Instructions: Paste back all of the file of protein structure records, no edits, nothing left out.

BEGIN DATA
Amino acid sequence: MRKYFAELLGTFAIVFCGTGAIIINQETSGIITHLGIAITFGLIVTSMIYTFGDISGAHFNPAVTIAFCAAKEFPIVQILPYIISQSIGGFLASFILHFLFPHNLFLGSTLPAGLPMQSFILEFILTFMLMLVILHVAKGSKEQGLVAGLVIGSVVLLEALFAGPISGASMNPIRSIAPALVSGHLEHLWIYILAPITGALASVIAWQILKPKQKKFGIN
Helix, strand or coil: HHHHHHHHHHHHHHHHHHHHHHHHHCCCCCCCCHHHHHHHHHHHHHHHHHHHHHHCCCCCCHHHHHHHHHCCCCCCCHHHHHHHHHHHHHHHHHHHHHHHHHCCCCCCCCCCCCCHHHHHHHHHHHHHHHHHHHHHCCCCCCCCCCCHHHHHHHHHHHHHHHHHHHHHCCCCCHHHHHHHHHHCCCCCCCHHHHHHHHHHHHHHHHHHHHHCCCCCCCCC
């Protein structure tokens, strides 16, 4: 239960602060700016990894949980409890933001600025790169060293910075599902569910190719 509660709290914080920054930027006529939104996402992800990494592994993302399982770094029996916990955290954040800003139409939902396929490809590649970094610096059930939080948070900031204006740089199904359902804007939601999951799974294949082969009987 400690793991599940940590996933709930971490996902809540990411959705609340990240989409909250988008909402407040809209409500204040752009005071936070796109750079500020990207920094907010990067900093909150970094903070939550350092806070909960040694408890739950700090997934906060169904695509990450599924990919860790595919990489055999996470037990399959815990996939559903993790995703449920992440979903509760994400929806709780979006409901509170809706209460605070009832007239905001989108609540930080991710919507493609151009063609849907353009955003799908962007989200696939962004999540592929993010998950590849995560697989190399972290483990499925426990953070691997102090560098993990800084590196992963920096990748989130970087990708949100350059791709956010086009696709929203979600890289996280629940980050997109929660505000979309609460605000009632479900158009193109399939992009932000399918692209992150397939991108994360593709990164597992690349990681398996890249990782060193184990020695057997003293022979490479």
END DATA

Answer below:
Amino acid sequence: MRKYFAELLGTFAIVFCGTGAIIINQETSGIITHLGIAITFGLIVTSMIYTFGDISGAHFNPAVTIAFCAAKEFPIVQILPYIISQSIGGFLASFILHFLFPHNLFLGSTLPAGLPMQSFILEFILTFMLMLVILHVAKGSKEQGLVAGLVIGSVVLLEALFAGPISGASMNPIRSIAPALVSGHLEHLWIYILAPITGALASVIAWQILKPKQKKFGIN
Helix, strand or coil: HHHHHHHHHHHHHHHHHHHHHHHHHCCCCCCCCHHHHHHHHHHHHHHHHHHHHHHCCCCCCHHHHHHHHHCCCCCCCHHHHHHHHHHHHHHHHHHHHHHHHHCCCCCCCCCCCCCHHHHHHHHHHHHHHHHHHHHHCCCCCCCCCCCHHHHHHHHHHHHHHHHHHHHHCCCCCHHHHHHHHHHCCCCCCCHHHHHHHHHHHHHHHHHHHHHCCCCCCCCC
């Protein structure tokens, strides 16, 4: 239960602060700016990894949980409890933001600025790169060293910075599902569910190719 509660709290914080920054930027006529939104996402992800990494592994993302399982770094029996916990955290954040800003139409939902396929490809590649970094610096059930939080948070900031204006740089199904359902804007939601999951799974294949082969009987 400690793991599940940590996933709930971490996902809540990411959705609340990240989409909250988008909402407040809209409500204040752009005071936070796109750079500020990207920094907010990067900093909150970094903070939550350092806070909960040694408890739950700090997934906060169904695509990450599924990919860790595919990489055999996470037990399959815990996939559903993790995703449920992440979903509760994400929806709780979006409901509170809706209460605070009832007239905001989108609540930080991710919507493609151009063609849907353009955003799908962007989200696939962004999540592929993010998950590849995560697989190399972290483990499925426990953070691997102090560098993990800084590196992963920096990748989130970087990708949100350059791709956010086009696709929203979600890289996280629940980050997109929660505000979309609460605000009632479900158009193109399939992009932000399918692209992150397939991108994360593709990164597992690349990681398996890249990782060193184990020695057997003293022979490479």